[Knowledge] Financing Women-Owned SMEs as a Solution to the Middle Income Trap

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Small-medium enterprises (SMEs) in Indonesia account for 22% of the GDP in 2013. This number is small in comparison with microenterprise sector, and its productivity is also lower compared to the corporate sectors. To escape the middle-income trap, Indonesia must be able to address the ‘missing middle’ phenomena: increase the number of SMEs and their productivity.

Why women?

Why do the key stakeholders–government, banks, and other capital providers–must focus its mission to provide more financing to women-owned SMEs?
Challenges they face:
1. Women own almost half of the SMEs in Indonesia, although most of them are involved in the informal sector with a smaller size.
2. Women entrepreneurs have dual responsibilities, which limit their time and resource.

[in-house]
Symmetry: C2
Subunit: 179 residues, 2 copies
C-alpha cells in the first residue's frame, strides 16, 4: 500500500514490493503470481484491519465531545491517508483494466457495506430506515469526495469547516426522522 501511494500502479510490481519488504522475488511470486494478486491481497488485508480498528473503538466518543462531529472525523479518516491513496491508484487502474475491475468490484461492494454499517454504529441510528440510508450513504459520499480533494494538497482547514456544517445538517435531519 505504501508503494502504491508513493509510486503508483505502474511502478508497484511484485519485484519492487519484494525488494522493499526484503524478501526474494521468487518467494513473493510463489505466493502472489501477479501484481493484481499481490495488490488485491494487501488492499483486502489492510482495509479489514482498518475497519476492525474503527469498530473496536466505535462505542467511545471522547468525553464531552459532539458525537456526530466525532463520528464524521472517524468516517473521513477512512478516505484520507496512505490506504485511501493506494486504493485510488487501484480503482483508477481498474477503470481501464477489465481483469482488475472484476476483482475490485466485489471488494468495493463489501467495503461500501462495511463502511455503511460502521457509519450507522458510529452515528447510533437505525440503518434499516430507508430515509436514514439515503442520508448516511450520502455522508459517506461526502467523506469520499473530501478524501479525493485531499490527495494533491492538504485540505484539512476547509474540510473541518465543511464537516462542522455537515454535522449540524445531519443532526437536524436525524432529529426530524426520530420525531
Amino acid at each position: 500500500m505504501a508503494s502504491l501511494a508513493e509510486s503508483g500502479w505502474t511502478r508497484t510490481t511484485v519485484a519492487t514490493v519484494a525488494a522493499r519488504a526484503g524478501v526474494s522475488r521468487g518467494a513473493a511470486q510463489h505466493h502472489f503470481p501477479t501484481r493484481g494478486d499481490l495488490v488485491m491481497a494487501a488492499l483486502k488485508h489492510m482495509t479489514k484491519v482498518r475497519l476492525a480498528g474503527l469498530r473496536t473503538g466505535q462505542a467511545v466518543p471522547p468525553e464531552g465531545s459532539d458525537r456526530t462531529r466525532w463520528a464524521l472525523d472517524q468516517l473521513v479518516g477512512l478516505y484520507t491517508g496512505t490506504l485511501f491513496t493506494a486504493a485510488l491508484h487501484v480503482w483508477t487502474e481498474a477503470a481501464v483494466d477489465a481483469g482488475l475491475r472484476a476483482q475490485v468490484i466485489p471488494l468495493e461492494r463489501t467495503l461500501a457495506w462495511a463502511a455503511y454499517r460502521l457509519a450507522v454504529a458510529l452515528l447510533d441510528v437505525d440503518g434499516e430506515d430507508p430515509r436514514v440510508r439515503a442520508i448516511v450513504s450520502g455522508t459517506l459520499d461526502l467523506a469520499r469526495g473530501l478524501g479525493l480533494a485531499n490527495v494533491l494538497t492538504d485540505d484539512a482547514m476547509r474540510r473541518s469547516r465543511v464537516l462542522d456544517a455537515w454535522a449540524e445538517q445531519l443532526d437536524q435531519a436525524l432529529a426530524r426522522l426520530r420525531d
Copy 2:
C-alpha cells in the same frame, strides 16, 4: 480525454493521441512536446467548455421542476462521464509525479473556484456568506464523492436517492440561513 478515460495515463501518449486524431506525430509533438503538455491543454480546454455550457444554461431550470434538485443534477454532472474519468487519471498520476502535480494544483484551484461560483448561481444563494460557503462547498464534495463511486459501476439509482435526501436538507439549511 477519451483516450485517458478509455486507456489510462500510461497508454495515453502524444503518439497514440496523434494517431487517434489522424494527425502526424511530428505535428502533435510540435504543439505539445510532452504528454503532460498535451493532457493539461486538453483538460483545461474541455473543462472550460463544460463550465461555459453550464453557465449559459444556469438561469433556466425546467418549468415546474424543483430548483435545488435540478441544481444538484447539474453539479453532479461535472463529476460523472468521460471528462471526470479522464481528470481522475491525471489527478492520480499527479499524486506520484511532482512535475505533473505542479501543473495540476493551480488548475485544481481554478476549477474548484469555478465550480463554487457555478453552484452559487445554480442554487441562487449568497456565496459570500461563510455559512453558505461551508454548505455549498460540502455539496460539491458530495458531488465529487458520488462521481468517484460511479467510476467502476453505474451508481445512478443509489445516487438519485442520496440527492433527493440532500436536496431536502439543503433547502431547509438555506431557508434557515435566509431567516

3. Women often faced difficulties in obtaining financing for their businesses.
However, despite all the challenges they face, more women-owned business is highly profitable compared to their counterparts. In addition, women also have a positive business outlook. If the stakeholders were to support in eradicating the challenges, women-owned SMEs would grow more productively and therefore would help to avoid the middle-income trap.
But is it profitable for capital providers to finance women-owned SMEs?
Qualitative assessment with banks across Indonesia stated that women are more discipline in their repayment, and the ratio of non-performing loan is also lower compared to male-owned SMEs.
Is there anything else that the capital providers such as banks can do to ensure the growth of SMEs in Indonesia, especially women-owned ones?
The additional course of action to increase the number of women-owned SMEs is by providing a non-financial assistance, such as business development and access to networks.
Source: IFC (2016). Women-owned SMEs in Indonesia: A Golden Opportunity for Local Financial Institutions

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